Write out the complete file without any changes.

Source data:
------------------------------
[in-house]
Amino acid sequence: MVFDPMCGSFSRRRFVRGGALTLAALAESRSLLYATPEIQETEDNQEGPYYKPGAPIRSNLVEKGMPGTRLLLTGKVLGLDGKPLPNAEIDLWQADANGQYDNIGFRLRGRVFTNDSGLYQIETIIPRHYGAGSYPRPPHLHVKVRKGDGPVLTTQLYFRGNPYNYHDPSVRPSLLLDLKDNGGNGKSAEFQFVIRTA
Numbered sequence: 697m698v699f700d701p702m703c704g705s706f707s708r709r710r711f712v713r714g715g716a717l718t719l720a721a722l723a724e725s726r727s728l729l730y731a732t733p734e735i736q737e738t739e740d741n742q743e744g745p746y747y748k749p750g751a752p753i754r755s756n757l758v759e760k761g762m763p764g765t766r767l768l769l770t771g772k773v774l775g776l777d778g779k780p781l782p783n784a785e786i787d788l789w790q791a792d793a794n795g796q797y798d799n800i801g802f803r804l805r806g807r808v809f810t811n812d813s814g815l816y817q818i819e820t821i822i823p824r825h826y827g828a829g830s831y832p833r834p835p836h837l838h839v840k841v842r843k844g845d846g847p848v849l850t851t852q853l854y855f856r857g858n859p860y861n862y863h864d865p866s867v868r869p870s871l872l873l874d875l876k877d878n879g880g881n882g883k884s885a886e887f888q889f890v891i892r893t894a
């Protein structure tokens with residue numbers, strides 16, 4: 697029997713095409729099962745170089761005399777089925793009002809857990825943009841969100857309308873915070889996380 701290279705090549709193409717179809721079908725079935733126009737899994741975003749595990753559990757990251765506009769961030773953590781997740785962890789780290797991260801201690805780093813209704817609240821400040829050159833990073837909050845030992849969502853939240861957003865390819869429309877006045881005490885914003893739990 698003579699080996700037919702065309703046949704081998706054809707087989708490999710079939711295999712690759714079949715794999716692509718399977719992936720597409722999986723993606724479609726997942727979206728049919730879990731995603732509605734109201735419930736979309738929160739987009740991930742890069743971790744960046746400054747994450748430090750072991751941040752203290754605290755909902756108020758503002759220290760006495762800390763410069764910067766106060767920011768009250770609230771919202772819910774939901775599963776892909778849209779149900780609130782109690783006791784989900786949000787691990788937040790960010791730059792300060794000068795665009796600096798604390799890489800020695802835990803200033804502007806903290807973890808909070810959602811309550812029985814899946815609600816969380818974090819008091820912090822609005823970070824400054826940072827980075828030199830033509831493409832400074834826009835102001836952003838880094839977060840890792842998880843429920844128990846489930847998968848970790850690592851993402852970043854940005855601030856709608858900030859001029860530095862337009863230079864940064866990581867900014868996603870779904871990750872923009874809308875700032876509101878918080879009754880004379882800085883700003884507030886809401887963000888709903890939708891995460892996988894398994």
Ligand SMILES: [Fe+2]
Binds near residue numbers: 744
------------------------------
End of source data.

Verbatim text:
[in-house]
Amino acid sequence: MVFDPMCGSFSRRRFVRGGALTLAALAESRSLLYATPEIQETEDNQEGPYYKPGAPIRSNLVEKGMPGTRLLLTGKVLGLDGKPLPNAEIDLWQADANGQYDNIGFRLRGRVFTNDSGLYQIETIIPRHYGAGSYPRPPHLHVKVRKGDGPVLTTQLYFRGNPYNYHDPSVRPSLLLDLKDNGGNGKSAEFQFVIRTA
Numbered sequence: 697m698v699f700d701p702m703c704g705s706f707s708r709r710r711f712v713r714g715g716a717l718t719l720a721a722l723a724e725s726r727s728l729l730y731a732t733p734e735i736q737e738t739e740d741n742q743e744g745p746y747y748k749p750g751a752p753i754r755s756n757l758v759e760k761g762m763p764g765t766r767l768l769l770t771g772k773v774l775g776l777d778g779k780p781l782p783n784a785e786i787d788l789w790q791a792d793a794n795g796q797y798d799n800i801g802f803r804l805r806g807r808v809f810t811n812d813s814g815l816y817q818i819e820t821i822i823p824r825h826y827g828a829g830s831y832p833r834p835p836h837l838h839v840k841v842r843k844g845d846g847p848v849l850t851t852q853l854y855f856r857g858n859p860y861n862y863h864d865p866s867v868r869p870s871l872l873l874d875l876k877d878n879g880g881n882g883k884s885a886e887f888q889f890v891i892r893t894a
């Protein structure tokens with residue numbers, strides 16, 4: 697029997713095409729099962745170089761005399777089925793009002809857990825943009841969100857309308873915070889996380 701290279705090549709193409717179809721079908725079935733126009737899994741975003749595990753559990757990251765506009769961030773953590781997740785962890789780290797991260801201690805780093813209704817609240821400040829050159833990073837909050845030992849969502853939240861957003865390819869429309877006045881005490885914003893739990 698003579699080996700037919702065309703046949704081998706054809707087989708490999710079939711295999712690759714079949715794999716692509718399977719992936720597409722999986723993606724479609726997942727979206728049919730879990731995603732509605734109201735419930736979309738929160739987009740991930742890069743971790744960046746400054747994450748430090750072991751941040752203290754605290755909902756108020758503002759220290760006495762800390763410069764910067766106060767920011768009250770609230771919202772819910774939901775599963776892909778849209779149900780609130782109690783006791784989900786949000787691990788937040790960010791730059792300060794000068795665009796600096798604390799890489800020695802835990803200033804502007806903290807973890808909070810959602811309550812029985814899946815609600816969380818974090819008091820912090822609005823970070824400054826940072827980075828030199830033509831493409832400074834826009835102001836952003838880094839977060840890792842998880843429920844128990846489930847998968848970790850690592851993402852970043854940005855601030856709608858900030859001029860530095862337009863230079864940064866990581867900014868996603870779904871990750872923009874809308875700032876509101878918080879009754880004379882800085883700003884507030886809401887963000888709903890939708891995460892996988894398994």
Ligand SMILES: [Fe+2]
Binds near residue numbers: 744